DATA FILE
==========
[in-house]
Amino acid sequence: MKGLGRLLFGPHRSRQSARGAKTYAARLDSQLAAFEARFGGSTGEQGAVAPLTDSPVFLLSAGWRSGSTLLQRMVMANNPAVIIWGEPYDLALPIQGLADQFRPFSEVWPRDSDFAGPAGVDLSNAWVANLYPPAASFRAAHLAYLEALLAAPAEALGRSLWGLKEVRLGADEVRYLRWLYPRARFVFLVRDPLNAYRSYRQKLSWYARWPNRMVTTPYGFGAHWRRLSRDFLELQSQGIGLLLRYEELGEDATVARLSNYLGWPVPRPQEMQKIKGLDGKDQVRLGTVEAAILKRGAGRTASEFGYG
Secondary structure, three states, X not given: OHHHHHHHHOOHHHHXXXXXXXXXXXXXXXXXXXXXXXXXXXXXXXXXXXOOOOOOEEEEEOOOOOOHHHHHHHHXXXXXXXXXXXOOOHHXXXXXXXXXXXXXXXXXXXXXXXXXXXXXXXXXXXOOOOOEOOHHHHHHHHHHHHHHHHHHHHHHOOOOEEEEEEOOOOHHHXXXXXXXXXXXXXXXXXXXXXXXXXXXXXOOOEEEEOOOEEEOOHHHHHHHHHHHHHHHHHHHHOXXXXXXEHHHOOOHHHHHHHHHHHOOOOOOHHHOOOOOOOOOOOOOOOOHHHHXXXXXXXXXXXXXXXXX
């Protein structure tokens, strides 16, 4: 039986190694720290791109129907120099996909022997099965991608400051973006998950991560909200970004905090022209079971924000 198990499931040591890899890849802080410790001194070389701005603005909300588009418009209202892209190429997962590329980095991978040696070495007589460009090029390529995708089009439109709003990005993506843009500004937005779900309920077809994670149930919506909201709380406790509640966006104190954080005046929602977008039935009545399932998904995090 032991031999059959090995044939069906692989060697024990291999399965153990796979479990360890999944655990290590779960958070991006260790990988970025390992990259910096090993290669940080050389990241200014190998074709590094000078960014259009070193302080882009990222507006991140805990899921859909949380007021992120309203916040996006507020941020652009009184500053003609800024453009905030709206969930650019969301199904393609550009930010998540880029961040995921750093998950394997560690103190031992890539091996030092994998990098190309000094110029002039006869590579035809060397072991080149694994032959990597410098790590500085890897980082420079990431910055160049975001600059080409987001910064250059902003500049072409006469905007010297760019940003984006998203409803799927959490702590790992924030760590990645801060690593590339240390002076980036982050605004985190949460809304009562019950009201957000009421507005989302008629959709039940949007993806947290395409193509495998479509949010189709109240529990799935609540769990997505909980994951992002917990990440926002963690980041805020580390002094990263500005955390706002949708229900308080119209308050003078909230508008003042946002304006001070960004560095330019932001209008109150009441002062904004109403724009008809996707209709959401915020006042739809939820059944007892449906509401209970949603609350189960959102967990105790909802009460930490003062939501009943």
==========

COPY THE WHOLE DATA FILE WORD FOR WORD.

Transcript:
[in-house]
Amino acid sequence: MKGLGRLLFGPHRSRQSARGAKTYAARLDSQLAAFEARFGGSTGEQGAVAPLTDSPVFLLSAGWRSGSTLLQRMVMANNPAVIIWGEPYDLALPIQGLADQFRPFSEVWPRDSDFAGPAGVDLSNAWVANLYPPAASFRAAHLAYLEALLAAPAEALGRSLWGLKEVRLGADEVRYLRWLYPRARFVFLVRDPLNAYRSYRQKLSWYARWPNRMVTTPYGFGAHWRRLSRDFLELQSQGIGLLLRYEELGEDATVARLSNYLGWPVPRPQEMQKIKGLDGKDQVRLGTVEAAILKRGAGRTASEFGYG
Secondary structure, three states, X not given: OHHHHHHHHOOHHHHXXXXXXXXXXXXXXXXXXXXXXXXXXXXXXXXXXXOOOOOOEEEEEOOOOOOHHHHHHHHXXXXXXXXXXXOOOHHXXXXXXXXXXXXXXXXXXXXXXXXXXXXXXXXXXXOOOOOEOOHHHHHHHHHHHHHHHHHHHHHHOOOOEEEEEEOOOOHHHXXXXXXXXXXXXXXXXXXXXXXXXXXXXXOOOEEEEOOOEEEOOHHHHHHHHHHHHHHHHHHHHOXXXXXXEHHHOOOHHHHHHHHHHHOOOOOOHHHOOOOOOOOOOOOOOOOHHHHXXXXXXXXXXXXXXXXX
């Protein structure tokens, strides 16, 4: 039986190694720290791109129907120099996909022997099965991608400051973006998950991560909200970004905090022209079971924000 198990499931040591890899890849802080410790001194070389701005603005909300588009418009209202892209190429997962590329980095991978040696070495007589460009090029390529995708089009439109709003990005993506843009500004937005779900309920077809994670149930919506909201709380406790509640966006104190954080005046929602977008039935009545399932998904995090 032991031999059959090995044939069906692989060697024990291999399965153990796979479990360890999944655990290590779960958070991006260790990988970025390992990259910096090993290669940080050389990241200014190998074709590094000078960014259009070193302080882009990222507006991140805990899921859909949380007021992120309203916040996006507020941020652009009184500053003609800024453009905030709206969930650019969301199904393609550009930010998540880029961040995921750093998950394997560690103190031992890539091996030092994998990098190309000094110029002039006869590579035809060397072991080149694994032959990597410098790590500085890897980082420079990431910055160049975001600059080409987001910064250059902003500049072409006469905007010297760019940003984006998203409803799927959490702590790992924030760590990645801060690593590339240390002076980036982050605004985190949460809304009562019950009201957000009421507005989302008629959709039940949007993806947290395409193509495998479509949010189709109240529990799935609540769990997505909980994951992002917990990440926002963690980041805020580390002094990263500005955390706002949708229900308080119209308050003078909230508008003042946002304006001070960004560095330019932001209008109150009441002062904004109403724009008809996707209709959401915020006042739809939820059944007892449906509401209970949603609350189960959102967990105790909802009460930490003062939501009943």